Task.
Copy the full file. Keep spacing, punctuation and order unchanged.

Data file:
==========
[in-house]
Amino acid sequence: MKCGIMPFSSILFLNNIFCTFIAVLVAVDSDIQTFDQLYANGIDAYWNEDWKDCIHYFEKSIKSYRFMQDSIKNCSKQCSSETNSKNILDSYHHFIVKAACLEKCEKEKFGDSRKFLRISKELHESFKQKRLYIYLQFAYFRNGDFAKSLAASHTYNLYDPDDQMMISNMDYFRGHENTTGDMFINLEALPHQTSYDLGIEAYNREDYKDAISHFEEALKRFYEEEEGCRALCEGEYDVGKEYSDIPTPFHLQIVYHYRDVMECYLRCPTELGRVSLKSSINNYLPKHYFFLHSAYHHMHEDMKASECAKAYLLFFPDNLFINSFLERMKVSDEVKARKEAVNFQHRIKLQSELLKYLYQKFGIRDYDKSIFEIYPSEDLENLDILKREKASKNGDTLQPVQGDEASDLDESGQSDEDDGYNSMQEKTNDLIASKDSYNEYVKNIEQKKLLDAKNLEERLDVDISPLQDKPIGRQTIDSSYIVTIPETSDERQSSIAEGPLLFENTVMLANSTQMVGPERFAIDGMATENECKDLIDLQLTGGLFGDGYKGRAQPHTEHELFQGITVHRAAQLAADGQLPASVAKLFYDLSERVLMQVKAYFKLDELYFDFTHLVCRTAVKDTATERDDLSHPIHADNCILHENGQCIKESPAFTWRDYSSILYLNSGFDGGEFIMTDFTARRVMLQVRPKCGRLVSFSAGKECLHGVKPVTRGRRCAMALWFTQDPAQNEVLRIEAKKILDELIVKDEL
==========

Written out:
[in-house]
Amino acid sequence: MKCGIMPFSSILFLNNIFCTFIAVLVAVDSDIQTFDQLYANGIDAYWNEDWKDCIHYFEKSIKSYRFMQDSIKNCSKQCSSETNSKNILDSYHHFIVKAACLEKCEKEKFGDSRKFLRISKELHESFKQKRLYIYLQFAYFRNGDFAKSLAASHTYNLYDPDDQMMISNMDYFRGHENTTGDMFINLEALPHQTSYDLGIEAYNREDYKDAISHFEEALKRFYEEEEGCRALCEGEYDVGKEYSDIPTPFHLQIVYHYRDVMECYLRCPTELGRVSLKSSINNYLPKHYFFLHSAYHHMHEDMKASECAKAYLLFFPDNLFINSFLERMKVSDEVKARKEAVNFQHRIKLQSELLKYLYQKFGIRDYDKSIFEIYPSEDLENLDILKREKASKNGDTLQPVQGDEASDLDESGQSDEDDGYNSMQEKTNDLIASKDSYNEYVKNIEQKKLLDAKNLEERLDVDISPLQDKPIGRQTIDSSYIVTIPETSDERQSSIAEGPLLFENTVMLANSTQMVGPERFAIDGMATENECKDLIDLQLTGGLFGDGYKGRAQPHTEHELFQGITVHRAAQLAADGQLPASVAKLFYDLSERVLMQVKAYFKLDELYFDFTHLVCRTAVKDTATERDDLSHPIHADNCILHENGQCIKESPAFTWRDYSSILYLNSGFDGGEFIMTDFTARRVMLQVRPKCGRLVSFSAGKECLHGVKPVTRGRRCAMALWFTQDPAQNEVLRIEAKKILDELIVKDEL